At the time of its launch, TCM was available to one million cable television subscribers. The network served as a competitor to AMC—which at the time was known as "American Movie Classics" and maintained a identical format to TCM, as both networks focused on films released prior to 1970 and aired them in an uncut and commercial-free format. AMC had broadened its film content to feature colorized and more recent films by 2002. In 1996, Turner Broadcasting System merged with Time Warner which, besides placing Turner Classic Movies and Warner Bros. Entertainment under the same corporate umbrella gave TCM access to Warner Bros.' Library of films released after 1950. In the early 2000s, AMC abandoned its commercial-free format, which led to TCM being the only movie-oriented basic cable channel to devote its programming to classic films without commercial interruption or content editing. On March 4, 2019, Time Warner's new owner AT&T announced a planned reorganization that would dissolve Turner Broadcasting.
TCM, along with Cartoon Network, Adult Swim, over-the-top video company Otter Media, will be moved directly under Warner Bros.. Speaking about the move, then-Warner Bros. CEO Kevin Tsujihara explained that TCM was "a natural fit with Warner Bros." due the company's massive film library. In 2000, TCM started the annual Young Composers Film Competition, inviting aspiring composers to participate in a judged competition that offers the winner of each year's competition the opportunity to score a restored, feature-length silent film as a grand prize, mentored by a well-known composer, with the new work subsequently premiering on the network; as of 2006, films that have been rescored include the 1921 Rudolph Valentino film Camille, two Lon Chaney films: 1921's The Ace of Hearts and 1928's Laugh, Clown and Greta Garbo's 1926 film The Temptress. In April 2010, Turner Classic Movies held the first TCM Classic Film Festival, an event—now held annually—at the Grauman's Chinese Theater and the Grauman's Egyptian Theater in Hollywood.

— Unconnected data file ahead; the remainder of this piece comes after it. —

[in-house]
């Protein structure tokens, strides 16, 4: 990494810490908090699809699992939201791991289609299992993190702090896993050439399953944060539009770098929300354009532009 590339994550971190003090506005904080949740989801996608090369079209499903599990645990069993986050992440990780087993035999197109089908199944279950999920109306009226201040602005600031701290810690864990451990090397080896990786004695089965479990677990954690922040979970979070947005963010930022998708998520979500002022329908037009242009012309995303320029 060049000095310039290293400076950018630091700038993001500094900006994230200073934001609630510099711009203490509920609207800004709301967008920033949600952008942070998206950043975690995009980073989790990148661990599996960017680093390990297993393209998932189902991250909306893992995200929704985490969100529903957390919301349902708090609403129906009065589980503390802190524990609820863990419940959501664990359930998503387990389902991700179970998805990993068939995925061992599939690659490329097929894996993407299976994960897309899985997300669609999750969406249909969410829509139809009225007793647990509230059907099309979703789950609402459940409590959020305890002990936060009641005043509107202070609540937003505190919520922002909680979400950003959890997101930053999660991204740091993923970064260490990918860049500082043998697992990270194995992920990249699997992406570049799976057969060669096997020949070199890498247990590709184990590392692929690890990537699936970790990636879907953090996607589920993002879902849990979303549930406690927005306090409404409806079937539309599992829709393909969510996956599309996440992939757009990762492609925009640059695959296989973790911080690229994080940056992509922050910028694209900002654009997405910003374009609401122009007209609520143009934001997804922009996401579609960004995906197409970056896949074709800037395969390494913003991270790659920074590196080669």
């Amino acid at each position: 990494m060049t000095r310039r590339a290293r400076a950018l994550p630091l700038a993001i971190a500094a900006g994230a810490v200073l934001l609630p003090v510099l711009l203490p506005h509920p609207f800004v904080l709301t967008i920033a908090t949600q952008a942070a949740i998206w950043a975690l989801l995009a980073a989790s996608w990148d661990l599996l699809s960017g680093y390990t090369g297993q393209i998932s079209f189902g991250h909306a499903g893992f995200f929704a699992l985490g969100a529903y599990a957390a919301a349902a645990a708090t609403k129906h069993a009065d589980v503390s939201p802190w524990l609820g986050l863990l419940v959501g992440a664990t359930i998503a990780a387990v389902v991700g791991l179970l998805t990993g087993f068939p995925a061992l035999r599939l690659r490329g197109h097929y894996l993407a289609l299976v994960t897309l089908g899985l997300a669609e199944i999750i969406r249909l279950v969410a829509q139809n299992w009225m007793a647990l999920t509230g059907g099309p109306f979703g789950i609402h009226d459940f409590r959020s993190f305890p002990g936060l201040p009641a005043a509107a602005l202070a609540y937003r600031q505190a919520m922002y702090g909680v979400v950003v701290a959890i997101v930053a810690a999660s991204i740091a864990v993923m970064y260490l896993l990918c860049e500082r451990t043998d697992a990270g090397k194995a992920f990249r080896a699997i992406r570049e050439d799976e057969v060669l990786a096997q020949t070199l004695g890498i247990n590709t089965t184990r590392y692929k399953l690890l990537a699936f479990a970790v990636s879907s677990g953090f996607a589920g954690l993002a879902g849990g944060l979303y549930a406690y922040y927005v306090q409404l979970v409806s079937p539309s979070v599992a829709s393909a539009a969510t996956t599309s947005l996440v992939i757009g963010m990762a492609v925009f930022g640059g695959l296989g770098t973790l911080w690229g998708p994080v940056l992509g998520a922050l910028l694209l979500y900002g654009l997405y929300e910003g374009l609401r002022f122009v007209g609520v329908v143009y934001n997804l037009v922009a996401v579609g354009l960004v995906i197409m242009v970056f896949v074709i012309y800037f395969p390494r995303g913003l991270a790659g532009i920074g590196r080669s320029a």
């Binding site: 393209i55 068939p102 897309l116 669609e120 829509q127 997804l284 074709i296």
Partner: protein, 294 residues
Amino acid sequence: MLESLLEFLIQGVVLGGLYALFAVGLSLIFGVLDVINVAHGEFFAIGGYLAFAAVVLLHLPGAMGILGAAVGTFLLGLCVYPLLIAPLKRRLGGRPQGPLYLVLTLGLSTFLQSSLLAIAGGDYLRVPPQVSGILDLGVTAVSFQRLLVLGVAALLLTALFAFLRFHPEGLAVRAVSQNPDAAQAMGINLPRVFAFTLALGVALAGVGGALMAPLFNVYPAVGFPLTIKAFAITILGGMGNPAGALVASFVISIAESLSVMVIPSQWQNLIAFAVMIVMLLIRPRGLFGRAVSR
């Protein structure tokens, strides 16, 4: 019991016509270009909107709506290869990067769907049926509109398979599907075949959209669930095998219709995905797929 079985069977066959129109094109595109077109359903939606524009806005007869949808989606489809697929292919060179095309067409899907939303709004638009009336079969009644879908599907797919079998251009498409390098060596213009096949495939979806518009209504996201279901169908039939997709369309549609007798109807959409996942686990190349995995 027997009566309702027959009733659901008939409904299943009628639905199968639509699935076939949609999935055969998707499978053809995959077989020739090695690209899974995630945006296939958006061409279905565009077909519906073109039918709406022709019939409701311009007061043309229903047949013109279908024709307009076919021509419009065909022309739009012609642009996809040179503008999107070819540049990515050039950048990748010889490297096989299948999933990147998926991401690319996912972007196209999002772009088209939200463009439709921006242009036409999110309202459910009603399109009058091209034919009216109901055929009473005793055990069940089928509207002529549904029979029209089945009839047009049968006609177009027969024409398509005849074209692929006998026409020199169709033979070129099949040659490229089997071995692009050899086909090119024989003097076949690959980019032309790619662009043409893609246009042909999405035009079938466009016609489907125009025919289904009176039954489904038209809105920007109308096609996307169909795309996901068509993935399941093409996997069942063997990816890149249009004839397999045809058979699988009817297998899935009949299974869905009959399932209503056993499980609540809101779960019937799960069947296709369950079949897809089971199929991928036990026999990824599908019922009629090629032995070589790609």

Hosted by Robert Osborne, the four-day long annual festival celebrates Hollywood and its movies, featured celebrity appearances, special events, screenings of around 50 classic movies including several newly restored by The Film Foundation, an organization devoted to preserving Hollywood's classic film legacy. Turner Classic Movies operates as a commercial-free service, with the only advertisements on the network being shown between features – which advertise TCM products, network promotions for upcoming special programs and the original trailers for films that are scheduled to be broadcast on TCM, featurettes about classic film actors and actresses. In addition to this, extended breaks between features are filled with theatrically released movie trailers and classic short subjects – from series such as The Passing Parade, Crime Does Not Pay, Pete Smith Specialties, Robert Benchley – under the banner name TCM Extras (formerly On
William A. Berke was an American film director and screenwriter, he directed nearly 90 films between 1934 and 1958. He produced nearly 80 films between 1933 and 1958. Richard Fleischer recalled Berke "was known as King of the B's. For years and years he had made nothing but pictures with ten or twelve day shooting schedules, minuscule budgets of about $100,000 and no stars. Without bothering with editing or any postproduction chores and with short shooting schedules, he was able to squeeze in eight or ten pictures a year, and he was going nuts". According to Fleischer, Berke pestered RKO executives enough to be assigned an A picture with a long shooting schedule and stars and he still shot it in twelve days, he was born in Milwaukee and died in Los Angeles, California. William A. Berke on IMDb